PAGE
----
A 'singularity' is, in geometric terms, AT MINIMAL, either an assymptote ( a virtual point), or a real point.. The question is to determine the possibilities of it being real with respect to the real geometry of space. If it can't pass the mathematical logic, it can't pass the science on principle.

You are getting ahead of yourself on the other issues. I'm getting simple here to try to prove something. Leave out GR or QM from this unless we can develop it from here.
Last edited by Scott Mayers on Nov 20, 2019 4:02 pm, edited 1 time in total.
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### Re: Limits in space....(and time)...

hackenslash wrote:
Scott Mayers wrote:In order to understand physics regarding grand or general theories, I'd like to discuss the limits in physics, such as singularities,

The problem with this is that 'singularity' is undefined, which would seem to be a necessary first step. I note that you wibbled a fair bit about singularities in the prior thread, with similar issues.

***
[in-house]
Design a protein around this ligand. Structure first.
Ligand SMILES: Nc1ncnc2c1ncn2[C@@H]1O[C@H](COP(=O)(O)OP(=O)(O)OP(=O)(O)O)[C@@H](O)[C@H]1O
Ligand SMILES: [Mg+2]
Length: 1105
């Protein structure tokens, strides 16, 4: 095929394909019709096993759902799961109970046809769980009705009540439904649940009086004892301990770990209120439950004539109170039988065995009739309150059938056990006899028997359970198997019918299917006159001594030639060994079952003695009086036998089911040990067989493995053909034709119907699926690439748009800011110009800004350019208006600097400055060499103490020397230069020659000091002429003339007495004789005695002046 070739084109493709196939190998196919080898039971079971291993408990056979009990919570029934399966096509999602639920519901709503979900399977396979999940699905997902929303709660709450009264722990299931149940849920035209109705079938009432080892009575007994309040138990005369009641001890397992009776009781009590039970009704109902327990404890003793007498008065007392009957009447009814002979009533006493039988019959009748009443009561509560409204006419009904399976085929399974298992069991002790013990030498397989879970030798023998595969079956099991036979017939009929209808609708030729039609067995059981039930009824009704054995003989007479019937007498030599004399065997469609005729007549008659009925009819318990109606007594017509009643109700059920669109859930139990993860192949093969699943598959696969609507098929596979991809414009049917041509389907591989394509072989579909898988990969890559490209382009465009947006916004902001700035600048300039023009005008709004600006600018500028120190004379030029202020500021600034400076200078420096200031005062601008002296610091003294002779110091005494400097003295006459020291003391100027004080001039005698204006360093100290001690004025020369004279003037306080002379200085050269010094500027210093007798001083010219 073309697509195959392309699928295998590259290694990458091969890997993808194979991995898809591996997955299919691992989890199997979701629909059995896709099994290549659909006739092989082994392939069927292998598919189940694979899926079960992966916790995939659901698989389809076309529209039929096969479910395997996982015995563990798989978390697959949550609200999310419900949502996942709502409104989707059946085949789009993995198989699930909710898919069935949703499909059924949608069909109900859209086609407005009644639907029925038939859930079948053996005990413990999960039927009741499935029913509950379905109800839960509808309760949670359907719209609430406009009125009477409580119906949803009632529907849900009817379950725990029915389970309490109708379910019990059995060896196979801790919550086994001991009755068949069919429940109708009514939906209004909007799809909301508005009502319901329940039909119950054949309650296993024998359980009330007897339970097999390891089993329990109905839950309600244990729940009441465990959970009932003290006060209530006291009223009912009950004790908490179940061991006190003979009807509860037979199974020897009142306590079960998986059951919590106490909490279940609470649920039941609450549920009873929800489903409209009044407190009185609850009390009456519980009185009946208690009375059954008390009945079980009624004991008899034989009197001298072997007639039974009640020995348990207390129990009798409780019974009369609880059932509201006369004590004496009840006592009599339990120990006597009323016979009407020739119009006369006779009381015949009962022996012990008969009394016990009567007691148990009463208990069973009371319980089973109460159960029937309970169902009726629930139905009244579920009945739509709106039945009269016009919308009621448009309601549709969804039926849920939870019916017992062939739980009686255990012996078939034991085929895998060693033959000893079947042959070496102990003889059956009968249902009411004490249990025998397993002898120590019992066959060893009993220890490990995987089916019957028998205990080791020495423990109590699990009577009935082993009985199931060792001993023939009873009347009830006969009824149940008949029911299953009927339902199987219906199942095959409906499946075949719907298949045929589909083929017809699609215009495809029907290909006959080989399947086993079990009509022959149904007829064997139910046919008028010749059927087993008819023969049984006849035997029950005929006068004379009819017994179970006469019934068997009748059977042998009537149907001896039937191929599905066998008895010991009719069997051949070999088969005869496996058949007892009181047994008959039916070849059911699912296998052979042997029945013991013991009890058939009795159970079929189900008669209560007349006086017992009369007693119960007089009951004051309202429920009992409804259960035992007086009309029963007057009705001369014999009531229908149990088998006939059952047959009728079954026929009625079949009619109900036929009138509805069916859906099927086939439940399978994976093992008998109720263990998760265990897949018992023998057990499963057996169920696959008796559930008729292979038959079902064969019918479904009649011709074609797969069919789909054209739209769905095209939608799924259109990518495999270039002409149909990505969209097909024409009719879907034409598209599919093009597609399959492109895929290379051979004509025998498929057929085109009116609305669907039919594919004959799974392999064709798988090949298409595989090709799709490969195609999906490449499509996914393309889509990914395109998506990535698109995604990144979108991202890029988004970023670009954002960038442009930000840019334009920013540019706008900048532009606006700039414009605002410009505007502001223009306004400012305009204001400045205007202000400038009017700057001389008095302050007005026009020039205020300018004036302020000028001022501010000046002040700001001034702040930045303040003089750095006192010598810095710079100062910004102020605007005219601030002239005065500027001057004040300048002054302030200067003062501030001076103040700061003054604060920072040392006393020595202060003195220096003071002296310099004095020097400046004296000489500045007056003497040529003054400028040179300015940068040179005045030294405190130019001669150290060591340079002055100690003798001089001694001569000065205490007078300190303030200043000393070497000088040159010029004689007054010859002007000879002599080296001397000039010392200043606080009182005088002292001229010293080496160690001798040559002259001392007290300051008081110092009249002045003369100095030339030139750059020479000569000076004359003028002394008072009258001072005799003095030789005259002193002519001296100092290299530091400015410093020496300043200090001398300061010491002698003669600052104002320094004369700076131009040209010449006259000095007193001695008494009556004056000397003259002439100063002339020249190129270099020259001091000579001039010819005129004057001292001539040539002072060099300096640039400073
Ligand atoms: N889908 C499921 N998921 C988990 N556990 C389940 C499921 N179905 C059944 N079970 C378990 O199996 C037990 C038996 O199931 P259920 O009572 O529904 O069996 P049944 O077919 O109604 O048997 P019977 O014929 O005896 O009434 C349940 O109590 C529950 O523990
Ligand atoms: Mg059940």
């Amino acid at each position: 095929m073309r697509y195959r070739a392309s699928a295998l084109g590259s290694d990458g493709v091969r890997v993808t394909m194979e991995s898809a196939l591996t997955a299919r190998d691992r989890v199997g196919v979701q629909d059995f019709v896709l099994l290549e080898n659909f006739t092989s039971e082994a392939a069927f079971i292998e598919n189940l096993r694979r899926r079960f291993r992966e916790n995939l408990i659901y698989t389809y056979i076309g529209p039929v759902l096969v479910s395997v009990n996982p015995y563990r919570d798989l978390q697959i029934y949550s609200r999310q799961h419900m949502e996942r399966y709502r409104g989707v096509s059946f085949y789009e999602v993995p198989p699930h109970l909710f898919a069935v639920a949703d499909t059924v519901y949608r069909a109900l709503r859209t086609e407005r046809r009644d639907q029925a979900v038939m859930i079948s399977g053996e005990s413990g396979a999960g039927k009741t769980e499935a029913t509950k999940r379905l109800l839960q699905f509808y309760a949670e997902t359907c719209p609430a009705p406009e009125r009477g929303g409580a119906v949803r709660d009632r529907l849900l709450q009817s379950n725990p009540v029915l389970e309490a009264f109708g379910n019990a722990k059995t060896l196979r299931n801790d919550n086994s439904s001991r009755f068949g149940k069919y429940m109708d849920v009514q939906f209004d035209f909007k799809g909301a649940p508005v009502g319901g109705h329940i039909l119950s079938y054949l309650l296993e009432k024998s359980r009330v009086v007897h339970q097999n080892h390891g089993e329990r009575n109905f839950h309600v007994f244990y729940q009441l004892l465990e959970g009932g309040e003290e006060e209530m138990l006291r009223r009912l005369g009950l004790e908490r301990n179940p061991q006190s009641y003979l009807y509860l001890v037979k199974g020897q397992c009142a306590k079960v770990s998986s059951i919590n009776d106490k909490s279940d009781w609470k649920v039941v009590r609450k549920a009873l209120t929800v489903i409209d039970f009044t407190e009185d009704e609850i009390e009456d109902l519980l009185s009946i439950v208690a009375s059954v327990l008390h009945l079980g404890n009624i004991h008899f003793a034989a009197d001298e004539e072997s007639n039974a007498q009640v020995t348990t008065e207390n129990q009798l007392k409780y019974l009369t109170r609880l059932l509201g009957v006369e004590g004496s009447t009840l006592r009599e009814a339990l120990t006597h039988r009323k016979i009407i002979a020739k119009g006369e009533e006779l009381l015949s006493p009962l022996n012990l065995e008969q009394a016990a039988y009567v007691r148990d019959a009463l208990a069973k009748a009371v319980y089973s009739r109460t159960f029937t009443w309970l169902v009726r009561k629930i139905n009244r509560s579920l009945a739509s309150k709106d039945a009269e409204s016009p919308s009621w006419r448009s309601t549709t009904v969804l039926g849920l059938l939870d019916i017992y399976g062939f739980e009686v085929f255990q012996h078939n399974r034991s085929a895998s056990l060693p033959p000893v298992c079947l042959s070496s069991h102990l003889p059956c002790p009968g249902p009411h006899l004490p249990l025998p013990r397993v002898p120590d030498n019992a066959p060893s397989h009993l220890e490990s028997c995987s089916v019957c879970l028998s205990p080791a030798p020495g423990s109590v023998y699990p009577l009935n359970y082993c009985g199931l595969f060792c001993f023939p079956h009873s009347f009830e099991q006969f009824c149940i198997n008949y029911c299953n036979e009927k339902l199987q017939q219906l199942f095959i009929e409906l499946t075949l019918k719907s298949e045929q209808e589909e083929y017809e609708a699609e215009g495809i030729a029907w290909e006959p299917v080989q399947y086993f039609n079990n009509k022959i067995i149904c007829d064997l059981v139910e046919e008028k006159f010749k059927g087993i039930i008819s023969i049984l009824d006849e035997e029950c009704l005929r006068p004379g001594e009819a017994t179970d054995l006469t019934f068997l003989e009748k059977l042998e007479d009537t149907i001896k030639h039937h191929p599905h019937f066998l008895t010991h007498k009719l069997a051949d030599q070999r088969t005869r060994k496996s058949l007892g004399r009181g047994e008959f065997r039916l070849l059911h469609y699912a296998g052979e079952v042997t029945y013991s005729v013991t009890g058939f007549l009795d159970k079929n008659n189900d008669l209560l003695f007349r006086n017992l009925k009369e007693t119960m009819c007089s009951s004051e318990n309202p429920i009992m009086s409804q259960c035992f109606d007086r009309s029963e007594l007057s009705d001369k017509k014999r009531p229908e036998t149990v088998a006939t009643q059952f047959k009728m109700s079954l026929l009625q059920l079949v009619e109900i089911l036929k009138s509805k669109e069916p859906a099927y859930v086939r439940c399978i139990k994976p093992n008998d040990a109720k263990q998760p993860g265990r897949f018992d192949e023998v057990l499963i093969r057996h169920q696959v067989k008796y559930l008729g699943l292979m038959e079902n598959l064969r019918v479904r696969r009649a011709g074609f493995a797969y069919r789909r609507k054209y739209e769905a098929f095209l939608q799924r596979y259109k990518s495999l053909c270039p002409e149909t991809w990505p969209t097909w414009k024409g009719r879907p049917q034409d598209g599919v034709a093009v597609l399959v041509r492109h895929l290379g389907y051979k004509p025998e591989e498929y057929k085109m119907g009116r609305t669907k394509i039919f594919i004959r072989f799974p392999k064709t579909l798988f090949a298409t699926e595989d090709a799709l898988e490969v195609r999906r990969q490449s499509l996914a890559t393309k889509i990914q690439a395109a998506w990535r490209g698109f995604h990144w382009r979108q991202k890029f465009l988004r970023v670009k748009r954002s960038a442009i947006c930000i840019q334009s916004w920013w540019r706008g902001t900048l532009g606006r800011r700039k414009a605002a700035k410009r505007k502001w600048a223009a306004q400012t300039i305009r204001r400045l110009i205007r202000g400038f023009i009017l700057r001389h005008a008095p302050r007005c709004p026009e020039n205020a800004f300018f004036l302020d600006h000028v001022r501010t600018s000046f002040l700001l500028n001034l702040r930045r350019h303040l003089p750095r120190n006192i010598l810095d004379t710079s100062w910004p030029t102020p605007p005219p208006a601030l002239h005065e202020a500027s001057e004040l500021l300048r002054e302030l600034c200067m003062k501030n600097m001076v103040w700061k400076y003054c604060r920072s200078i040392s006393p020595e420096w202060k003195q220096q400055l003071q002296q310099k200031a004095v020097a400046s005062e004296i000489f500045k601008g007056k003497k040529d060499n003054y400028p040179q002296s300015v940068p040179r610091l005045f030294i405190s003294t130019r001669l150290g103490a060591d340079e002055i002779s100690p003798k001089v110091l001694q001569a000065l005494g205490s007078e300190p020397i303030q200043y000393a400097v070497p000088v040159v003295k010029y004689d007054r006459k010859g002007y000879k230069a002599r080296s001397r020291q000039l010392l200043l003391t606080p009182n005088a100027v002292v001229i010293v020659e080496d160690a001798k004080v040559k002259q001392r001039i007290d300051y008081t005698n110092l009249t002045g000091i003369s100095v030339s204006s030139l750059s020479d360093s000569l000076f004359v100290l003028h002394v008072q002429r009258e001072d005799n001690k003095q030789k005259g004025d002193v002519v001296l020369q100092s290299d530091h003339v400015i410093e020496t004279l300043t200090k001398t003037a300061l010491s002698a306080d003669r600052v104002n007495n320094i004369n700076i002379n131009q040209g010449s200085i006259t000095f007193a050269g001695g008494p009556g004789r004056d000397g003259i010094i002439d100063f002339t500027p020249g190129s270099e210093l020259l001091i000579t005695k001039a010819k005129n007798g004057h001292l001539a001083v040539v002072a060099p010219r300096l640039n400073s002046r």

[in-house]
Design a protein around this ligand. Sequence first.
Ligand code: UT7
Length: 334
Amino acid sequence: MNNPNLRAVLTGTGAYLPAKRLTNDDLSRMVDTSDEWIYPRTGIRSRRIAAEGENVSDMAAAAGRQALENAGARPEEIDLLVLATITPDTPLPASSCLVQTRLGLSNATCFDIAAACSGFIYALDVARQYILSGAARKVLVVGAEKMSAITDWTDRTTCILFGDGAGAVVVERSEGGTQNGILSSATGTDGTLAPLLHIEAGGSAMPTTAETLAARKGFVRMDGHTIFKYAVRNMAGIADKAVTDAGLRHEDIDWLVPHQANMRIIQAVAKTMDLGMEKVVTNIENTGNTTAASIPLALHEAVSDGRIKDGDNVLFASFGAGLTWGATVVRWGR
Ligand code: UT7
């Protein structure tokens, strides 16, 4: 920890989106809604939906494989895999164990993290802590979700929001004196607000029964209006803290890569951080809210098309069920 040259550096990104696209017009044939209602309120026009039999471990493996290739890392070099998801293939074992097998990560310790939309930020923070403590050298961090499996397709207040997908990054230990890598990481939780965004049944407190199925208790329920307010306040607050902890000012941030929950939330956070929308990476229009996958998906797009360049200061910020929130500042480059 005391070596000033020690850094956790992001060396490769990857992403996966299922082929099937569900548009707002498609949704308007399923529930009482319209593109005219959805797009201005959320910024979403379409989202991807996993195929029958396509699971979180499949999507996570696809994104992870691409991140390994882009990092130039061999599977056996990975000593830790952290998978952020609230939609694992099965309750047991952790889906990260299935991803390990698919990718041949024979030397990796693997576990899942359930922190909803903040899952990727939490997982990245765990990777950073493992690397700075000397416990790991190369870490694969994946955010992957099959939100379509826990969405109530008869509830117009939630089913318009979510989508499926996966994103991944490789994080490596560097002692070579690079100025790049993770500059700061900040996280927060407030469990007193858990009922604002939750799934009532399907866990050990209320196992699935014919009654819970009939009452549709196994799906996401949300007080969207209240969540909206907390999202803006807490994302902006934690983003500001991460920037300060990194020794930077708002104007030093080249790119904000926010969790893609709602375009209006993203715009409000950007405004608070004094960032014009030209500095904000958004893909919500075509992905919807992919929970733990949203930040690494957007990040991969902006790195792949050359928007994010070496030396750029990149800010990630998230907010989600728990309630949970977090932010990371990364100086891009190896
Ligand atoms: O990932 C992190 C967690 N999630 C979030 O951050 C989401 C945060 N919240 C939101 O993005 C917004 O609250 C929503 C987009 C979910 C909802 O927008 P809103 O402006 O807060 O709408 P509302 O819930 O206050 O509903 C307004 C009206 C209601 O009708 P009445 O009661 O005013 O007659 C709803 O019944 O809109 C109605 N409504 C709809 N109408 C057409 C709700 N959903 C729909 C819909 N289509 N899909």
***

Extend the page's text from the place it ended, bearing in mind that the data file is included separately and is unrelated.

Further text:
Then ask first. Look above. This is comparing geometrical/mathematical concepts in a thought experiment to try to make sense of space. If you have any math background, as above, it is either an assymptote or a real point included in the system.

So the question is: can real space have a singularity that is real or virtual. Is it an assymptote or a real point? I am introducing Zeno's paradoxes because they are relevant here (and have been to all theoretical scientists of the modern [the 'rationalist' era from approximately Galileo to Einstein.]
Scott Mayers

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### Re: Limits in space....(and time)...

Scott Mayers wrote:
Spearthrower wrote:Philosophy, not science.

Yes, in part.

Board index ‹ Science & The Humanities ‹ Physical Sciences & Mathematics

Science is from Latin scire, to know.